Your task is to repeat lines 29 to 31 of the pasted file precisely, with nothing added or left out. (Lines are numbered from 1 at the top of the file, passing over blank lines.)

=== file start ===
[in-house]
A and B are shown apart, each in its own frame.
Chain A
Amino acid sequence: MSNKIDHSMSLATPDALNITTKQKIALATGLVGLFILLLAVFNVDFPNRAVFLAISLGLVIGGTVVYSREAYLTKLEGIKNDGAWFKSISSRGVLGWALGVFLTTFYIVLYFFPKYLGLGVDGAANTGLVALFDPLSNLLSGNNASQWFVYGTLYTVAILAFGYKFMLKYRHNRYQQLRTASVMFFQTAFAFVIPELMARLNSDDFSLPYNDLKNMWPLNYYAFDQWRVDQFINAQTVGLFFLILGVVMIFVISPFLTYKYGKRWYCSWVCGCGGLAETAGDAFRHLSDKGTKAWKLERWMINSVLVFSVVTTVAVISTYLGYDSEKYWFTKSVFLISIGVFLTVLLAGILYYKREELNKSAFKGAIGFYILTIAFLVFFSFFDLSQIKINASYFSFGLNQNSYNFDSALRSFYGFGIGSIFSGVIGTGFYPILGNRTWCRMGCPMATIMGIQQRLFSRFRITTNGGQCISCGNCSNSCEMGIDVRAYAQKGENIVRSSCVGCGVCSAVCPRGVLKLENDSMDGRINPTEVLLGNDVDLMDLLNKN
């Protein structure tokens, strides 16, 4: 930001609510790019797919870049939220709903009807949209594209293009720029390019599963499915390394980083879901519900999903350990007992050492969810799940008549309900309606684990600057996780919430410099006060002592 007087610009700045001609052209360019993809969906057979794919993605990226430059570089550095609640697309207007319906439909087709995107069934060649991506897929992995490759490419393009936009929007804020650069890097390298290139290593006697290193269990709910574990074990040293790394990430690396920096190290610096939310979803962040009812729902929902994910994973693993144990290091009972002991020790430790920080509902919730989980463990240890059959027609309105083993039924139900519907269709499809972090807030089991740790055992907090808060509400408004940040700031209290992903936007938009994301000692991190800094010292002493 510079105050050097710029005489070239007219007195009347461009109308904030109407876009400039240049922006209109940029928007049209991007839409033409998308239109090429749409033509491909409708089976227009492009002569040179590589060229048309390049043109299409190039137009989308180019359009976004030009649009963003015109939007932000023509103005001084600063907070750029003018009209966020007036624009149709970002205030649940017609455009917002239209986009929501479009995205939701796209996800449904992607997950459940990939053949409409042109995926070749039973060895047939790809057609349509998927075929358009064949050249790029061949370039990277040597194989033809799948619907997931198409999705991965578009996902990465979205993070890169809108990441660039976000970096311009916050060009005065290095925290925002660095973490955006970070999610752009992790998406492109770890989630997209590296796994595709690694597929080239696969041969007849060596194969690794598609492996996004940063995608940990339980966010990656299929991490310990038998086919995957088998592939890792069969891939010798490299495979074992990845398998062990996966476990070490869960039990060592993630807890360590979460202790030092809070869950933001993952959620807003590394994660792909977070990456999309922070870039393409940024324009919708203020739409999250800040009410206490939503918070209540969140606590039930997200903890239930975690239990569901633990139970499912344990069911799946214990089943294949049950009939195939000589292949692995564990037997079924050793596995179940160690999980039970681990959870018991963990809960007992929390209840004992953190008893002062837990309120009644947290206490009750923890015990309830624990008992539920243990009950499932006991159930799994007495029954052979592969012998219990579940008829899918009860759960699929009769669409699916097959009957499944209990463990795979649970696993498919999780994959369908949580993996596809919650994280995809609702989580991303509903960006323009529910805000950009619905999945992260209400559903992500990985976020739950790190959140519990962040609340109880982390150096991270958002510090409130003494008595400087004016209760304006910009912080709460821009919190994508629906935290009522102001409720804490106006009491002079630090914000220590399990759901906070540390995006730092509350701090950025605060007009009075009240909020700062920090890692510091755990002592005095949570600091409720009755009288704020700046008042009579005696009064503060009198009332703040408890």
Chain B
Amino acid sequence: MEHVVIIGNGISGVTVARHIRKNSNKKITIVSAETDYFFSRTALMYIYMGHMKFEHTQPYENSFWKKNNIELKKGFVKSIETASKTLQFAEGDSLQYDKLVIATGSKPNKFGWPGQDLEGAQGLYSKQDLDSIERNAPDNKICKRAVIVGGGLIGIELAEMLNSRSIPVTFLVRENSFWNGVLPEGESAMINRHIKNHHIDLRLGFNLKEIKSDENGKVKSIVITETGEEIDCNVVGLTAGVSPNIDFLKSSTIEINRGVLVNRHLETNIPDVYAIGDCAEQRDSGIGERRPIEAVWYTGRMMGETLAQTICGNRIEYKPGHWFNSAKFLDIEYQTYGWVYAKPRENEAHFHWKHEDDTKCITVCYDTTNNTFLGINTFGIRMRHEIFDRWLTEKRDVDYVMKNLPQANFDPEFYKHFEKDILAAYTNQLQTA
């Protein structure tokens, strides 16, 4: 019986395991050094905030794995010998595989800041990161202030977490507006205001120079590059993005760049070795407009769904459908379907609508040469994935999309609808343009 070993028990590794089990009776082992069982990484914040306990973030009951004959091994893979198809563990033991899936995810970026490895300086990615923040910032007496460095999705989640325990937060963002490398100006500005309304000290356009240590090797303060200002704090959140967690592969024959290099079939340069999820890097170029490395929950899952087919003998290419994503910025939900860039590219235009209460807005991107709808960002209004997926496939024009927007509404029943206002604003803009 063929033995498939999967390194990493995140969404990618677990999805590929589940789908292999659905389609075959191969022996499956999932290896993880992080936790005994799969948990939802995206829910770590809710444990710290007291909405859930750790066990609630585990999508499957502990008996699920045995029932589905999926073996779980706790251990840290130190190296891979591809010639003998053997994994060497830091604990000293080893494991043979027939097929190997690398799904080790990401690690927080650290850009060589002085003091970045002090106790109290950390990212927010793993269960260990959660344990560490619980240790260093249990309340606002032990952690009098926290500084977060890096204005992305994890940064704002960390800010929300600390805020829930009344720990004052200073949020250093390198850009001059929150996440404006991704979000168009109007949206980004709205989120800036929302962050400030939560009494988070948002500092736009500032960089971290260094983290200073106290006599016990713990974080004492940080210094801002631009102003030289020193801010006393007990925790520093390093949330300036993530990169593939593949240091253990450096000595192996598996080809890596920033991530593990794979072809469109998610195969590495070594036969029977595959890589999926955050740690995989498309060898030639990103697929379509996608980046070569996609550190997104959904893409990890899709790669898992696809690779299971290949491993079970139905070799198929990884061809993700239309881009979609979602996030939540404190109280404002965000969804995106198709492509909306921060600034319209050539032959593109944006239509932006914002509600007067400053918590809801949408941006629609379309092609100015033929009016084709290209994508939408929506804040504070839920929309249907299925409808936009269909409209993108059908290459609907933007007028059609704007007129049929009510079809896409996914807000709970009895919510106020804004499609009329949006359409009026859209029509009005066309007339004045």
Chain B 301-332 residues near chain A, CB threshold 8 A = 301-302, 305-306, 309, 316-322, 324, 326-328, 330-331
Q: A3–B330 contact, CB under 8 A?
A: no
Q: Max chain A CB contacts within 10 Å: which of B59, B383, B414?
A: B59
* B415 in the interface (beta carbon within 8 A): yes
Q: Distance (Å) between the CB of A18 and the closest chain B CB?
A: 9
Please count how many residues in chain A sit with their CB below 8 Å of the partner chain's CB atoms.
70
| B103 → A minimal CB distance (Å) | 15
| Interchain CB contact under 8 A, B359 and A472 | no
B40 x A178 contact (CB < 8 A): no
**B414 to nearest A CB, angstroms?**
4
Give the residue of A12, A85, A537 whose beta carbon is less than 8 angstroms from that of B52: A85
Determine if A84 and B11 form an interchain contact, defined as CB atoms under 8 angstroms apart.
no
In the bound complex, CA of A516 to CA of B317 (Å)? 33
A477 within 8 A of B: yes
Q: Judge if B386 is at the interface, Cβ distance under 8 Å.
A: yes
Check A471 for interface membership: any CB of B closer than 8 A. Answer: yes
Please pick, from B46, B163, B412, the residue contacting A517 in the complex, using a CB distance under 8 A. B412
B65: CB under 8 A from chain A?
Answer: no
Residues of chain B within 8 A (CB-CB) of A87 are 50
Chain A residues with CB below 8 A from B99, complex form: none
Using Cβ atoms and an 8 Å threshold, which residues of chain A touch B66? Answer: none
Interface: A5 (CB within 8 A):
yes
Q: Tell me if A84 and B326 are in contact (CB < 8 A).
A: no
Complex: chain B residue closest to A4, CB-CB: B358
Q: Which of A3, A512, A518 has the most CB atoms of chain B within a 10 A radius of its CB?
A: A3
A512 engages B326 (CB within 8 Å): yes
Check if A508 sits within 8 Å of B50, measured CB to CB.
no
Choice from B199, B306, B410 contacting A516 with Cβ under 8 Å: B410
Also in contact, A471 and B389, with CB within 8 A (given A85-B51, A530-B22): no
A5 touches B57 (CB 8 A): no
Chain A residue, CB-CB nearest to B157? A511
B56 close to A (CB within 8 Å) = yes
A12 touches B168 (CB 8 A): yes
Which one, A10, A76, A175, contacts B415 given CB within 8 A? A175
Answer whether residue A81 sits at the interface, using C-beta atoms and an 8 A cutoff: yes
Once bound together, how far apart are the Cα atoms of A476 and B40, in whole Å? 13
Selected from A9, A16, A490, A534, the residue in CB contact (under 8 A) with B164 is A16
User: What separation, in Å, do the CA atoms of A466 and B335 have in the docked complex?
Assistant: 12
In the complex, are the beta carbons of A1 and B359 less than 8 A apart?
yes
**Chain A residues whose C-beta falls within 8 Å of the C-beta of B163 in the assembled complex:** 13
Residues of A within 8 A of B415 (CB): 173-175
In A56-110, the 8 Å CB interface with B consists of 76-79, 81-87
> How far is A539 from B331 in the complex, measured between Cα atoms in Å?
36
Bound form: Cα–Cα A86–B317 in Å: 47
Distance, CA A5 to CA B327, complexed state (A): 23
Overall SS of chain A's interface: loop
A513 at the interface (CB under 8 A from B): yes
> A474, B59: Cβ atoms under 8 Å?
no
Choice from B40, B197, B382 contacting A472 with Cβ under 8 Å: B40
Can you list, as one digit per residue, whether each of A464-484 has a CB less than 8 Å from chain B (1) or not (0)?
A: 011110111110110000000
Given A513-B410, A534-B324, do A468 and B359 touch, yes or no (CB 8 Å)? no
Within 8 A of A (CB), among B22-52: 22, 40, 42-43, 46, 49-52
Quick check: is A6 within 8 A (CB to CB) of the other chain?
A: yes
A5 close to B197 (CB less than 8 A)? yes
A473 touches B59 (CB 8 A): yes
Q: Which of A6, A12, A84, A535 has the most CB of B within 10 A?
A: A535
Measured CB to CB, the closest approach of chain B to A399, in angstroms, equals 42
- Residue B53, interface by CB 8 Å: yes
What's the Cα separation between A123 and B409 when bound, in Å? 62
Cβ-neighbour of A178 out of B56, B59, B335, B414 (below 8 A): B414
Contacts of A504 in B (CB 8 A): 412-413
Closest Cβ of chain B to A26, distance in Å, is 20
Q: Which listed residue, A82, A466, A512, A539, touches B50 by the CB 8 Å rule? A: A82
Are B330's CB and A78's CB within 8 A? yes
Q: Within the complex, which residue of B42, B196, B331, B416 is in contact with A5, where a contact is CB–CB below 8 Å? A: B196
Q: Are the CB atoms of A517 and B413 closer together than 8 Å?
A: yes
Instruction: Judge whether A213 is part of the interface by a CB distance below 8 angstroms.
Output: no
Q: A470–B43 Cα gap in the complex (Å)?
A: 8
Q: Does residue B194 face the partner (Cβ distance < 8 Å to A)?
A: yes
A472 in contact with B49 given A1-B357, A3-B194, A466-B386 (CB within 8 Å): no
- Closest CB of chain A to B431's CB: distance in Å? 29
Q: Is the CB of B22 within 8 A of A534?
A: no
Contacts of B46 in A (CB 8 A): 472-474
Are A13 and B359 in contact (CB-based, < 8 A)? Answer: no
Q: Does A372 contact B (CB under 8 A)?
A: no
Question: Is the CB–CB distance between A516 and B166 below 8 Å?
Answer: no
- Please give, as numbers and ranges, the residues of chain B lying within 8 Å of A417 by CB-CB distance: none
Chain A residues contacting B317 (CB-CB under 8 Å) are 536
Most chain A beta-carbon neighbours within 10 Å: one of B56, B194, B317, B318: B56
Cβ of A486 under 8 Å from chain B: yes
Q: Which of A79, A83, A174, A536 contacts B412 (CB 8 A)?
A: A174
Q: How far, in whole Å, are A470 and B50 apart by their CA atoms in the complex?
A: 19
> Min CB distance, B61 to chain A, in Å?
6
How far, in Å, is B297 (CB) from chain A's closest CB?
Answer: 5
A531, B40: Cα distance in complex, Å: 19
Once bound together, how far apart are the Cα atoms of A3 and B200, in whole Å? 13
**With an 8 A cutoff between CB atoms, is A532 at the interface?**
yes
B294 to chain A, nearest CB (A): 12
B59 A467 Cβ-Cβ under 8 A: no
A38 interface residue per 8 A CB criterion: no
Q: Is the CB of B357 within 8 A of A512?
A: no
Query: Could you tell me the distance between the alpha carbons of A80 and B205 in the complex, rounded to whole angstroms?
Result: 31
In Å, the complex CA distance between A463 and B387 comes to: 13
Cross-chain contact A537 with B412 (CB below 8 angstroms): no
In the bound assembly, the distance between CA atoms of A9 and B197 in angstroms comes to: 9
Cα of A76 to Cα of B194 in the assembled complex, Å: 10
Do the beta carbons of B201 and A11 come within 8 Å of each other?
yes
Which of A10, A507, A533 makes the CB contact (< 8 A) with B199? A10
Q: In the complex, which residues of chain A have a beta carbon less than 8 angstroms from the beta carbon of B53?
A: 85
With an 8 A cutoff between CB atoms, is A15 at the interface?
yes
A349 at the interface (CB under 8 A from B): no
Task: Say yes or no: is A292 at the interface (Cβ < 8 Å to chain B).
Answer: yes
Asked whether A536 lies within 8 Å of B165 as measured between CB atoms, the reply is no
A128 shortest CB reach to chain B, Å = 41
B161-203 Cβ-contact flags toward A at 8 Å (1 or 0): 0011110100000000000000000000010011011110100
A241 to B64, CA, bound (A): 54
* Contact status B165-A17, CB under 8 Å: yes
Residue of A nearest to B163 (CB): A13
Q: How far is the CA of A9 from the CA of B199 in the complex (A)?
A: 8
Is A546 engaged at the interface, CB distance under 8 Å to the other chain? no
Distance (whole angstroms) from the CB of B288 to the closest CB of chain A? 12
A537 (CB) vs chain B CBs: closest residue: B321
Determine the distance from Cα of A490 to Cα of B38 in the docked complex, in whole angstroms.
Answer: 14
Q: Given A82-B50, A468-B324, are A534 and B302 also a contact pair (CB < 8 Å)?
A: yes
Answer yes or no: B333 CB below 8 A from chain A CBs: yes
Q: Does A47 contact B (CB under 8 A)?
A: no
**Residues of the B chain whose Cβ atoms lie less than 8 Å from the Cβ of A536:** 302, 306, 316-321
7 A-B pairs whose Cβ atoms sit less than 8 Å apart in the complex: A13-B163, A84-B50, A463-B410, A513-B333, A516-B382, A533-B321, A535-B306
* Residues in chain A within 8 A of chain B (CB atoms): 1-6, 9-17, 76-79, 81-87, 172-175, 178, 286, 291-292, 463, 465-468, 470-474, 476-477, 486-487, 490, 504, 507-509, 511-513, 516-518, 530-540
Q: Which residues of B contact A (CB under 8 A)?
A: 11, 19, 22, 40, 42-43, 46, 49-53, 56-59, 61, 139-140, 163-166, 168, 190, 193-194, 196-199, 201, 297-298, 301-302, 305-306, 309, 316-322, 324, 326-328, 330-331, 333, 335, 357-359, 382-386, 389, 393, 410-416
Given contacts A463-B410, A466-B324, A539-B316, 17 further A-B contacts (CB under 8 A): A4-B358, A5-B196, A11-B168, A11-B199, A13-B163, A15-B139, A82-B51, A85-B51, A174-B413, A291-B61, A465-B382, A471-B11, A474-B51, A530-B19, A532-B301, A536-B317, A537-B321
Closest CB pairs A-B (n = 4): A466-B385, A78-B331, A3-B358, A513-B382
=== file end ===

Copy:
Q: Judge if B386 is at the interface, Cβ distance under 8 Å.
A: yes
Check A471 for interface membership: any CB of B closer than 8 A. Answer: yes